Menace of the herdsmen
While a probe as ordered by President Muhammadu Buhari into the latest killings in Agatu, Benue State, by rampaging Fulani herdsmen, might be in order, it amounts to a tepid response, a superficial scratching of an escalating national problem on the surface when such demands decisive action. The herdsmen of whatever ilk have become a menace, indeed, a pain in the neck of innocent Nigerians who are victims of their impunious killing and maiming. From the east to the west of Nigeria, Middle belt to the north lives are being lost while properties, especially farmland crops, and products worth billions of Naira are being destroyed.
The incessant attacks have spread ceaselessly to all corners and no part of the country is safe anymore from the marauding cattle rearers. A half-hearted or haphazard intervention, therefore, won’t solve the problem. What is needed is a comprehensive national solution that would address all the issues in order to avert a looming crisis.
Buhari’s order of a probe followed the brutal clashes between Fulani herdsmen and indigenes of some communities in Benue State, namely Akwu, Adagbo, Ayilla, Ogboju, Okokolo and Abugbe, which had been razed even before the latest orgy of violence. At least 36 people were feared killed while farm crops worth billions of naira and houses were destroyed. The Agatu massacre was still fresh when another set of herdsmen invaded Abbi community in Uzo-Uwani Local Government Area of Enugu State and unleashed mayhem on the people. Armed with machetes, bows and arrows and automatic rifles, including AK-47, the herdsmen took the community by surprise. Among the dead were a brother and a sister who were actually slaughtered in cold blood as they stood to defend their home. Nineteen persons were declared missing, while several others were wounded. Houses and several motorcycles were reportedly razed.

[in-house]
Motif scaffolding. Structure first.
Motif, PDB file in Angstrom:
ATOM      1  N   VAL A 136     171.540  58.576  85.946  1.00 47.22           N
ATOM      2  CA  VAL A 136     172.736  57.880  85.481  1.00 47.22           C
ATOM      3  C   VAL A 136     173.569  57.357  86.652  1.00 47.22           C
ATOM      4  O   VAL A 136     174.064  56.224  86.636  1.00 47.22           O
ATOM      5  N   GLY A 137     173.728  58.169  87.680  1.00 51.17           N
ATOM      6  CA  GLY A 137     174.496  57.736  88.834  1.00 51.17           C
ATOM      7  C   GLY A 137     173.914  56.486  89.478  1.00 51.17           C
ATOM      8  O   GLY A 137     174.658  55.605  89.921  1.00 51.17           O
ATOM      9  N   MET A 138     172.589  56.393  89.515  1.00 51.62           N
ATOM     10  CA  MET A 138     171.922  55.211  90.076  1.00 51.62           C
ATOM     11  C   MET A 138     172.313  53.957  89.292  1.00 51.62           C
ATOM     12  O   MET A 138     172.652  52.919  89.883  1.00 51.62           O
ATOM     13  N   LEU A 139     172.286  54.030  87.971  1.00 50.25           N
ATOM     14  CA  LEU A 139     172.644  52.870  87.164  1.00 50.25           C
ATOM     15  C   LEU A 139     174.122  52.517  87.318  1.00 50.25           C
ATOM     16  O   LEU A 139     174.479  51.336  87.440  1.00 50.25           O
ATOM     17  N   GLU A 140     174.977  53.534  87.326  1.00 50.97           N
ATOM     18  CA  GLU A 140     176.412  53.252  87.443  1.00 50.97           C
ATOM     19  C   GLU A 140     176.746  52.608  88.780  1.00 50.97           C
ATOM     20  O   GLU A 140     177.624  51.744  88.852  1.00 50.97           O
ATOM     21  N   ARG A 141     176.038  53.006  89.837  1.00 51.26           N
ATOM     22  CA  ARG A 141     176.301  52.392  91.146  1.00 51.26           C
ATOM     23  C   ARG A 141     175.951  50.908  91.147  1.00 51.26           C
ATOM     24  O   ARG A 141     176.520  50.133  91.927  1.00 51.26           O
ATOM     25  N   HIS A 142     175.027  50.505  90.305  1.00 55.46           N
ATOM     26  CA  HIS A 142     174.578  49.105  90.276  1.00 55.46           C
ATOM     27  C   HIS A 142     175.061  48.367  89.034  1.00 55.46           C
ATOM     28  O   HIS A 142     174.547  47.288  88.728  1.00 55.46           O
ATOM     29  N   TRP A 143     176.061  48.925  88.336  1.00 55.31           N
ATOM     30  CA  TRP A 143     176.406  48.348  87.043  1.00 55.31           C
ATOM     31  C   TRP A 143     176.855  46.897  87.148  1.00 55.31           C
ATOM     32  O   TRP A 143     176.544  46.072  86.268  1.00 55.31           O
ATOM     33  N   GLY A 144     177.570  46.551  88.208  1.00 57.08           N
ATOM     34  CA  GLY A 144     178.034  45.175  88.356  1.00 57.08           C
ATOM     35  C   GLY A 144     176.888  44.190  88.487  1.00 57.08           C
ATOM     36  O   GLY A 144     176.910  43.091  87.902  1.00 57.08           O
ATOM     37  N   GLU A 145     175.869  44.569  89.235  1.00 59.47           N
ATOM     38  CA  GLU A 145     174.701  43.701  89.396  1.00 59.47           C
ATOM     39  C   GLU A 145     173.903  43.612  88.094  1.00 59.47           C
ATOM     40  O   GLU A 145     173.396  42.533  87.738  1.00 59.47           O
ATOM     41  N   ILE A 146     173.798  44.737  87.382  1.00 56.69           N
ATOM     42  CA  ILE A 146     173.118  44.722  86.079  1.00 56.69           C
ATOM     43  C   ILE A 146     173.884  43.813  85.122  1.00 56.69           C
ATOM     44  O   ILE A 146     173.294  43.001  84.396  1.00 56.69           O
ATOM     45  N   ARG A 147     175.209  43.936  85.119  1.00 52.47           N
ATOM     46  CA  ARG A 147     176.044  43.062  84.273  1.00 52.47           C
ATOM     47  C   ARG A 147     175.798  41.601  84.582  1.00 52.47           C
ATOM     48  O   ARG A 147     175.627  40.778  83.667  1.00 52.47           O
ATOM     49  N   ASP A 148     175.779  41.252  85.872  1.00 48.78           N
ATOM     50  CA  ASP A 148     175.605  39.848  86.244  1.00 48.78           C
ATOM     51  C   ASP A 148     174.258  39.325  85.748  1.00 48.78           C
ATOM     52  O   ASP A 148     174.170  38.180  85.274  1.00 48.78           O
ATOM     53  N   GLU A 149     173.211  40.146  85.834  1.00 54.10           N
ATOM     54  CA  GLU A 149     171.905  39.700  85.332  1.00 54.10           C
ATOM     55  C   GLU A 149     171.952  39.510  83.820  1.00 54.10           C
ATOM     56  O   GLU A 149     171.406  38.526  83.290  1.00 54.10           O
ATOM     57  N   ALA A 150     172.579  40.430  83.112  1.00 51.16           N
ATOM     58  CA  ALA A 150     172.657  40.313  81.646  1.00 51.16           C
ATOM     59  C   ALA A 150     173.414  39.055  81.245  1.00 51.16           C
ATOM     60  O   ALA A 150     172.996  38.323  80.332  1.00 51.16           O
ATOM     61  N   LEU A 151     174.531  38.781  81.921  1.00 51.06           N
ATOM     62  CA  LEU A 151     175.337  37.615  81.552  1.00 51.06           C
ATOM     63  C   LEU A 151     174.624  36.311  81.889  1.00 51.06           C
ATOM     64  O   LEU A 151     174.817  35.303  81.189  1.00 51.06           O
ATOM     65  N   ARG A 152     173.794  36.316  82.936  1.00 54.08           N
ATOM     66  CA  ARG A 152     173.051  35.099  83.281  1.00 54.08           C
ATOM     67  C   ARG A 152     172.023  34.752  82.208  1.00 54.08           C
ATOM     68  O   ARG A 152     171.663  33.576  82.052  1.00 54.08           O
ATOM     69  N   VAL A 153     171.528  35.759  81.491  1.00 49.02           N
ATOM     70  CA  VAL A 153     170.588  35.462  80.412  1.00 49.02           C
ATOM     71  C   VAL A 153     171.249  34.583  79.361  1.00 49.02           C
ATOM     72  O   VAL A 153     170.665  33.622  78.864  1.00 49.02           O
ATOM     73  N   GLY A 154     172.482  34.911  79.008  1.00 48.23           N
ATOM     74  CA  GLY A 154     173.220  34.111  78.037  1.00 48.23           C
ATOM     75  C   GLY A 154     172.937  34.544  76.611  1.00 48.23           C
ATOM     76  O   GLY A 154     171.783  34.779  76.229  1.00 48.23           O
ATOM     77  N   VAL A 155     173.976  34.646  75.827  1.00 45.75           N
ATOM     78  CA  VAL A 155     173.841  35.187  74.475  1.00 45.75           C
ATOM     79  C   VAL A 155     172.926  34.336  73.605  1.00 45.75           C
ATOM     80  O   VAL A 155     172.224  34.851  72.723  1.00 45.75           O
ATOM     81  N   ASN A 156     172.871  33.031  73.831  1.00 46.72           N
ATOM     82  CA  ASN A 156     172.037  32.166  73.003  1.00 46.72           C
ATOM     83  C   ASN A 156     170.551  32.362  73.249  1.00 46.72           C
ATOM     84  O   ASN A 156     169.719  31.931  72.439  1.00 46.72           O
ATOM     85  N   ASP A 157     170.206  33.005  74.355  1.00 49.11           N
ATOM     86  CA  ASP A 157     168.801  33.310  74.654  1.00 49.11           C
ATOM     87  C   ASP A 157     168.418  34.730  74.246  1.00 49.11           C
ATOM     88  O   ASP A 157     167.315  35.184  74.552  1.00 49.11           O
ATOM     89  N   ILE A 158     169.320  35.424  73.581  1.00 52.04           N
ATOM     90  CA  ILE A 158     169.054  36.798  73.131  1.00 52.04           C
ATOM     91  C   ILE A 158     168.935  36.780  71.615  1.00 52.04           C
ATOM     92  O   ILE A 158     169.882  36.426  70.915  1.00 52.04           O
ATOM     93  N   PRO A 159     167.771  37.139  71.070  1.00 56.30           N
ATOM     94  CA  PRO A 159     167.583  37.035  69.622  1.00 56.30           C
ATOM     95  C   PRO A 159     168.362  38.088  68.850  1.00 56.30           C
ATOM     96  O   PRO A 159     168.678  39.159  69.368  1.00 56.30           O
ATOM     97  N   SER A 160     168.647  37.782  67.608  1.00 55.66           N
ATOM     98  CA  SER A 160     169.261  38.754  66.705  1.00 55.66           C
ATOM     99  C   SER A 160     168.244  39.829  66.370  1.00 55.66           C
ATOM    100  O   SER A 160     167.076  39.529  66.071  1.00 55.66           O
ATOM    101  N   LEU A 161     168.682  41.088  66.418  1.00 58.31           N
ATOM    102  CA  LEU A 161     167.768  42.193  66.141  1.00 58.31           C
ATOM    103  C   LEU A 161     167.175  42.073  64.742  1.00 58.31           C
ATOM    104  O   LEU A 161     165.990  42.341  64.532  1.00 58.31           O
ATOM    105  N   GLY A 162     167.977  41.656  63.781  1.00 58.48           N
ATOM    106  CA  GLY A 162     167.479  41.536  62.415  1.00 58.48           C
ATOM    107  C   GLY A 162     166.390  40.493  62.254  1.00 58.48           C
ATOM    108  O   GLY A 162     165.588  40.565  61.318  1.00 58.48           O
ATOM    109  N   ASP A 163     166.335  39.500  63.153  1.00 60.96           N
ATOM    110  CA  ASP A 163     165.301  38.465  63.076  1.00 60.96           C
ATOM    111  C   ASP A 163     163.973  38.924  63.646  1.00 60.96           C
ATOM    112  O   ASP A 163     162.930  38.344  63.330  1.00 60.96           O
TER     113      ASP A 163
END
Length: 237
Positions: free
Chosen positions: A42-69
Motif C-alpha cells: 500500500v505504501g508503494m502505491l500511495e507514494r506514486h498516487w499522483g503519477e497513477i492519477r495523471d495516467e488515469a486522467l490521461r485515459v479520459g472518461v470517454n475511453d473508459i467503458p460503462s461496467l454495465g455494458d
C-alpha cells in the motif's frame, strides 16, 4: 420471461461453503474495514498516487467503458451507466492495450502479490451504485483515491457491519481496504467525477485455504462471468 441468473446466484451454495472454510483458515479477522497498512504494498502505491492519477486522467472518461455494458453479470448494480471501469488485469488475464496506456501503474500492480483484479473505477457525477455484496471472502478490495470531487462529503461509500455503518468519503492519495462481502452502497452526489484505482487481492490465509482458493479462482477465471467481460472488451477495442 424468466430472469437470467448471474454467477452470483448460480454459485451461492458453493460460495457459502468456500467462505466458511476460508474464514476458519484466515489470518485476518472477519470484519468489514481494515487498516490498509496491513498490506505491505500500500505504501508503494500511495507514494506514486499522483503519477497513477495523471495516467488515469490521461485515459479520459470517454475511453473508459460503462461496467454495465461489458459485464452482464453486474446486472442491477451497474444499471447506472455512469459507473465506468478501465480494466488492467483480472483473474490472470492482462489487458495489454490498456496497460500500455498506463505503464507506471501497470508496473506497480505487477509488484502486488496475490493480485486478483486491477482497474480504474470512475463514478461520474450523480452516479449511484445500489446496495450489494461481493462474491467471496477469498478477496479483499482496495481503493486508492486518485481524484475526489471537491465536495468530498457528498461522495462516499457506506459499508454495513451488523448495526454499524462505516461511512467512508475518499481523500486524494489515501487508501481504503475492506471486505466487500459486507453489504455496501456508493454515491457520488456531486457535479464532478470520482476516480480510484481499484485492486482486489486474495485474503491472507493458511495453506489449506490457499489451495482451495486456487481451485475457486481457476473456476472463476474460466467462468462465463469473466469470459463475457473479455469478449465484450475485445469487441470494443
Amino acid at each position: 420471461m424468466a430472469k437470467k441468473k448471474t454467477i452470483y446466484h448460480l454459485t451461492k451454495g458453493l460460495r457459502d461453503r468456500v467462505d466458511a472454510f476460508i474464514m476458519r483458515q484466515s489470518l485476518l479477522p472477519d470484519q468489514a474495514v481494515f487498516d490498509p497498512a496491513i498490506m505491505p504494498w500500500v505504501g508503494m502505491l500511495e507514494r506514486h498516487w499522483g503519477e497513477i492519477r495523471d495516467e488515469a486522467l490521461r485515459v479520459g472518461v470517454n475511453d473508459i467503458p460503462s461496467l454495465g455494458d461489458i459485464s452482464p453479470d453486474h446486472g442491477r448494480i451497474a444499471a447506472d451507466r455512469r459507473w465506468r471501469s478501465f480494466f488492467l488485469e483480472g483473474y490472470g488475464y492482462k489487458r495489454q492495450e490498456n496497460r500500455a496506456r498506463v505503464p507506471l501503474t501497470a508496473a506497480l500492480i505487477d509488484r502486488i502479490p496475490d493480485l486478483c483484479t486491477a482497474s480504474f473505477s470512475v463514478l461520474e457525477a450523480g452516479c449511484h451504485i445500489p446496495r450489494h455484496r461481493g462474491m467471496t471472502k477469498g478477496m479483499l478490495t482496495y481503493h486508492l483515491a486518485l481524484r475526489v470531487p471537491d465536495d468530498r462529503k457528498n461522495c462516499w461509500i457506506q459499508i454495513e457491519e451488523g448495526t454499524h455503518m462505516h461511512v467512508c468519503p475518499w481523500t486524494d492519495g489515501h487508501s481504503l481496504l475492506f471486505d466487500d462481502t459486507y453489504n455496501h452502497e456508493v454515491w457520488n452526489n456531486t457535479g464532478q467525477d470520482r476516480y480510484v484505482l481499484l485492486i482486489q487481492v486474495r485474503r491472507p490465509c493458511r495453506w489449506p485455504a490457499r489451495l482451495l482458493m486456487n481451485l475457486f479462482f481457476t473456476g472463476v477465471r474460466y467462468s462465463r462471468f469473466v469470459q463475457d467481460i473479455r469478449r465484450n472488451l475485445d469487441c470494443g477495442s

The involvement of the herdsmen in kidnapping, stealing, rape, killings has compounded an already dangerous security situation in Nigeria and their activities across the length and breadth of the country has become another national emergency that should be given urgent federal attention.
Unfortunately, except for the order on the Benue massacre, President Buhari has yet to make a serious categorical statement or gesture on what is, no doubt, an impending national crisis with potentially grave consequences. This lukewarm attitude is dispiriting given the fact that the President is well aware of the danger, himself having had to personally intervene in the herdsmen/local farmers face-off in the South west a few years ago. The president will do well to make a national statement as hundreds of people are being massacred in different communities across the country, otherwise his silence may appear insensitive or a trivialisation of the criminality of the herdsmen.
Appropriate action should be initiated to stop a fast degenerating situation. The police have a critical role to play, but Nigeria needs a Police Force that knows the localities and understands the people. The present federal police can hardly handle this problem and may actually aggravate it.
It needs to be emphasized that what the country is facing is a battle for economic survival and territory. Whereas the herdsmen need fields for their livestock to graze, the indigenous farmers, at the same time, need their land to cultivate their crops. When a farmer invests millions on his farm only to have them destroyed overnight by cattle, there is no better invitation to war. To create peace and harmony requires proper conflict management strategy and deep understanding of the sociological realities of the different communities. Above all, a responsible leadership should act fast to reduce tension before things get out of hand.
The problem between host communities and Fulani herdsmen has festered for so long without any concrete action. The desire of the Fulani herdsmen to have boundless access to grazing fields across Nigeria is unacceptable. Truth is that it is not possible to let the herdsmen traverse Nigeria with their livestock oblivious of the fact that there are indigenous farmers whose crops could be destroyed by the animals. There are modern methods of rearing animals, which is to have them in ranches and grazing reserves. But the designated enclosures have to be created in those states with the appropriate terrain and climate for animal husbandry.
State governments should, therefore, be encouraged to create these grazing reserves and ranches. That way, conflicts would be reduced and the economic benefits of agriculture to all Nigerians would be maximized.